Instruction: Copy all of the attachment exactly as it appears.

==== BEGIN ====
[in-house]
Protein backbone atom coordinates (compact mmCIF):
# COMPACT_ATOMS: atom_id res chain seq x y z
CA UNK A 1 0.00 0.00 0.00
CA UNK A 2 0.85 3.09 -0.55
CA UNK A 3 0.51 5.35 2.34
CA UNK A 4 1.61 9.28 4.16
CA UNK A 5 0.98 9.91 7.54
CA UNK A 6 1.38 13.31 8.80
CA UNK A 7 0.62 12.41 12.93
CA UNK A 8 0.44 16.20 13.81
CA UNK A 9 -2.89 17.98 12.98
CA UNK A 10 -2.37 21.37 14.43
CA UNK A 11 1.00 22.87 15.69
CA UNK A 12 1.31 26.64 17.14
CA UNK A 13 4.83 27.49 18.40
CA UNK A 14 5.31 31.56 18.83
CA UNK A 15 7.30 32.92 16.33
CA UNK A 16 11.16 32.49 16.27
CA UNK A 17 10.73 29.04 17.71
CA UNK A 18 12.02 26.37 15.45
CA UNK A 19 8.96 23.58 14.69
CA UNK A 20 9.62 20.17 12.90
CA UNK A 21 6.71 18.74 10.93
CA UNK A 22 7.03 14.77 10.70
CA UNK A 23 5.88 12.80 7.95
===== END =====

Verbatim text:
[in-house]
Protein backbone atom coordinates (compact mmCIF):
# COMPACT_ATOMS: atom_id res chain seq x y z
CA UNK A 1 0.00 0.00 0.00
CA UNK A 2 0.85 3.09 -0.55
CA UNK A 3 0.51 5.35 2.34
CA UNK A 4 1.61 9.28 4.16
CA UNK A 5 0.98 9.91 7.54
CA UNK A 6 1.38 13.31 8.80
CA UNK A 7 0.62 12.41 12.93
CA UNK A 8 0.44 16.20 13.81
CA UNK A 9 -2.89 17.98 12.98
CA UNK A 10 -2.37 21.37 14.43
CA UNK A 11 1.00 22.87 15.69
CA UNK A 12 1.31 26.64 17.14
CA UNK A 13 4.83 27.49 18.40
CA UNK A 14 5.31 31.56 18.83
CA UNK A 15 7.30 32.92 16.33
CA UNK A 16 11.16 32.49 16.27
CA UNK A 17 10.73 29.04 17.71
CA UNK A 18 12.02 26.37 15.45
CA UNK A 19 8.96 23.58 14.69
CA UNK A 20 9.62 20.17 12.90
CA UNK A 21 6.71 18.74 10.93
CA UNK A 22 7.03 14.77 10.70
CA UNK A 23 5.88 12.80 7.95